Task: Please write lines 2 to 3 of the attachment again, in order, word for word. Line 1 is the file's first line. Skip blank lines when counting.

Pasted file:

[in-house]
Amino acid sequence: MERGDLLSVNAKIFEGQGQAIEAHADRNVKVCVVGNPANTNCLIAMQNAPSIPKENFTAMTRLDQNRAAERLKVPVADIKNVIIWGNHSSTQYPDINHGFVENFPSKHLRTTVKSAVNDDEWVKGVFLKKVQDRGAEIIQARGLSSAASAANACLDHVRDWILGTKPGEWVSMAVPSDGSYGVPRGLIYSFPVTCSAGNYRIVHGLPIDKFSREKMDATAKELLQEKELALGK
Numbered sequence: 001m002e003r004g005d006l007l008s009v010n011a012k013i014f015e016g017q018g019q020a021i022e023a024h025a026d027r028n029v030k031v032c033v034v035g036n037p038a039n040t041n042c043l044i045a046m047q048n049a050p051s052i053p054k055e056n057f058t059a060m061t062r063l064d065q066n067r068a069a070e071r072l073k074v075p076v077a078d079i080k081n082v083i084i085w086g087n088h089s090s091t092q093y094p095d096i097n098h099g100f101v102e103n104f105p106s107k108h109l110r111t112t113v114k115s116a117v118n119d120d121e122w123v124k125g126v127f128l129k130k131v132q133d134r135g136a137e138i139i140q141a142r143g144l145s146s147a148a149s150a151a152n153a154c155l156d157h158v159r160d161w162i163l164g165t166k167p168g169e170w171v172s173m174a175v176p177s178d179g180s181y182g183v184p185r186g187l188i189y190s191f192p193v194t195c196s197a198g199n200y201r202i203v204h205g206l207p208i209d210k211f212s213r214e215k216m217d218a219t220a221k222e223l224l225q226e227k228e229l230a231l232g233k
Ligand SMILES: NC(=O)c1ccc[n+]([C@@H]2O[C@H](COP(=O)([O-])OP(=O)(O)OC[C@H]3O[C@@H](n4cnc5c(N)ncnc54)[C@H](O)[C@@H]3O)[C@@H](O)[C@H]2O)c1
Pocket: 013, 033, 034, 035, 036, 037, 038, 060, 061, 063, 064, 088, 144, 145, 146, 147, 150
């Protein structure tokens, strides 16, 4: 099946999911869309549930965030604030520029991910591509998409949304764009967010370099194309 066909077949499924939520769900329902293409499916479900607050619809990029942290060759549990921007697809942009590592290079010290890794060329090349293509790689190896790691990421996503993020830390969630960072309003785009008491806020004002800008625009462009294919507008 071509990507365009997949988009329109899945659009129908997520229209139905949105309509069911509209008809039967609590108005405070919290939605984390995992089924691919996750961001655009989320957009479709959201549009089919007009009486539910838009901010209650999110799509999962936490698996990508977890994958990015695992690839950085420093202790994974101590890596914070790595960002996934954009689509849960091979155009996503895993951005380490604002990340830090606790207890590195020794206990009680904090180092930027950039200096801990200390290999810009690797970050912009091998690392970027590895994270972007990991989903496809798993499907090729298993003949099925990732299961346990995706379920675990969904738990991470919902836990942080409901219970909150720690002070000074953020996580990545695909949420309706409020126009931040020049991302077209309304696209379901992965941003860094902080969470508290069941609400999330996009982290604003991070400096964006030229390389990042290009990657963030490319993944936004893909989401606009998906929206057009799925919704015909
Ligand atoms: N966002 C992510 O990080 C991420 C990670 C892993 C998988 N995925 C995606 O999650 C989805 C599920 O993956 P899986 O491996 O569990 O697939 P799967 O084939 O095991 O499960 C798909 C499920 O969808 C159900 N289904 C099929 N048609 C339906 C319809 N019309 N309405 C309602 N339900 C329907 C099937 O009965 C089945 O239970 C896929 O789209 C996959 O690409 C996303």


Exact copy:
Amino acid sequence: MERGDLLSVNAKIFEGQGQAIEAHADRNVKVCVVGNPANTNCLIAMQNAPSIPKENFTAMTRLDQNRAAERLKVPVADIKNVIIWGNHSSTQYPDINHGFVENFPSKHLRTTVKSAVNDDEWVKGVFLKKVQDRGAEIIQARGLSSAASAANACLDHVRDWILGTKPGEWVSMAVPSDGSYGVPRGLIYSFPVTCSAGNYRIVHGLPIDKFSREKMDATAKELLQEKELALGK
Numbered sequence: 001m002e003r004g005d006l007l008s009v010n011a012k013i014f015e016g017q018g019q020a021i022e023a024h025a026d027r028n029v030k031v032c033v034v035g036n037p038a039n040t041n042c043l044i045a046m047q048n049a050p051s052i053p054k055e056n057f058t059a060m061t062r063l064d065q066n067r068a069a070e071r072l073k074v075p076v077a078d079i080k081n082v083i084i085w086g087n088h089s090s091t092q093y094p095d096i097n098h099g100f101v102e103n104f105p106s107k108h109l110r111t112t113v114k115s116a117v118n119d120d121e122w123v124k125g126v127f128l129k130k131v132q133d134r135g136a137e138i139i140q141a142r143g144l145s146s147a148a149s150a151a152n153a154c155l156d157h158v159r160d161w162i163l164g165t166k167p168g169e170w171v172s173m174a175v176p177s178d179g180s181y182g183v184p185r186g187l188i189y190s191f192p193v194t195c196s197a198g199n200y201r202i203v204h205g206l207p208i209d210k211f212s213r214e215k216m217d218a219t220a221k222e223l224l225q226e227k228e229l230a231l232g233k